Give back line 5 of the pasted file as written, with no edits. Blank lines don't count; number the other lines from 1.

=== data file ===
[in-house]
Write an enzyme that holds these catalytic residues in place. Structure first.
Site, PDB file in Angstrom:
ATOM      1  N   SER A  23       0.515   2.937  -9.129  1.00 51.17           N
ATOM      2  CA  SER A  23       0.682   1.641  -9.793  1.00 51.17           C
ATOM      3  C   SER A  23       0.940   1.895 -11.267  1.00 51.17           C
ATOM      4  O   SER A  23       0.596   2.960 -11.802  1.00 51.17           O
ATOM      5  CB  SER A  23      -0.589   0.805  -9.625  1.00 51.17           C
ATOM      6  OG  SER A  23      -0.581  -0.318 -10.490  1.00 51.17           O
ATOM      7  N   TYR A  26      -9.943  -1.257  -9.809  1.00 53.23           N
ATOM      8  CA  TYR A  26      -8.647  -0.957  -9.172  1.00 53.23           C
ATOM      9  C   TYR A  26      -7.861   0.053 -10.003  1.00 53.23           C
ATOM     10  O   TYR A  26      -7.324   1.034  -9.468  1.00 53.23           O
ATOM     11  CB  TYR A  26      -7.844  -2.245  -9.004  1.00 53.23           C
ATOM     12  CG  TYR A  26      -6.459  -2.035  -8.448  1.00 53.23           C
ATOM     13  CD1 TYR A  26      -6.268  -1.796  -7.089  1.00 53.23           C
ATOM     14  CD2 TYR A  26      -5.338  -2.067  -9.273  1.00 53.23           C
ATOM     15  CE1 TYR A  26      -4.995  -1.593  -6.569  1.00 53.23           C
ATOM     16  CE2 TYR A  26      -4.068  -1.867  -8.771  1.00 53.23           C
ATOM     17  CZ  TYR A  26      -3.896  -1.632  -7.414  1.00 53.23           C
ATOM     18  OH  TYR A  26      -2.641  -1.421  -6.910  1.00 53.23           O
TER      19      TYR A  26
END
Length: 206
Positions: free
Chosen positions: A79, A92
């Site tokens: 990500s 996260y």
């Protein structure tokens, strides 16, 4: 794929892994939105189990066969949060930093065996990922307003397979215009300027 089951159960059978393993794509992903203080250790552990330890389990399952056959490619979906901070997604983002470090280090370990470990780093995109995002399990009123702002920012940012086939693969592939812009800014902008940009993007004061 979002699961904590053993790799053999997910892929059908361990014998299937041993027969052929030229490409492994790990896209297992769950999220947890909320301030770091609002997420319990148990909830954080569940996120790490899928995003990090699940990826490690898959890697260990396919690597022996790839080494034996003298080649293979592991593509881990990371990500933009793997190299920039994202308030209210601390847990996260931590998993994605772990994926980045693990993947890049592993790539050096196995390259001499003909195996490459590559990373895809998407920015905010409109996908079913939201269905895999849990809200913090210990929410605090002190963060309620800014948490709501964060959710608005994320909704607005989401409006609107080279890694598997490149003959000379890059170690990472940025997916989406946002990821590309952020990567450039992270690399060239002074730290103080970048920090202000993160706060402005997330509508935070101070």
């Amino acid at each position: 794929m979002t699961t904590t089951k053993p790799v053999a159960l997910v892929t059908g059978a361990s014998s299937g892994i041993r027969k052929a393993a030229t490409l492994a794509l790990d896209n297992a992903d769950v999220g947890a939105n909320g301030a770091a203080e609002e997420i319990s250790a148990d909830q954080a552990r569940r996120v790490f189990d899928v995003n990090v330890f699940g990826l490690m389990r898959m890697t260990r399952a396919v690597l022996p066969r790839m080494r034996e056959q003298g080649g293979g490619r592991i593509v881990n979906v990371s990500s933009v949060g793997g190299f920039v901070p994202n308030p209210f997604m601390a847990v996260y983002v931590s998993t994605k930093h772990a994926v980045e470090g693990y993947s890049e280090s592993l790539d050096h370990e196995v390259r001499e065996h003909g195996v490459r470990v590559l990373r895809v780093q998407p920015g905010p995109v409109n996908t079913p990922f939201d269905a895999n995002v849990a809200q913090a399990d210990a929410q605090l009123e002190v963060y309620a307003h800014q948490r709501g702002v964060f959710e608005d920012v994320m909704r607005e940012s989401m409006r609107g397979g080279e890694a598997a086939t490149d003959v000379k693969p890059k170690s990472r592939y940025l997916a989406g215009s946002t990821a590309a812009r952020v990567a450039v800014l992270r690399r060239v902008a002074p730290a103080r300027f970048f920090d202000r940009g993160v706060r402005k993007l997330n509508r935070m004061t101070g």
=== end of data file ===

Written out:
ATOM      2  CA  SER A  23       0.682   1.641  -9.793  1.00 51.17           C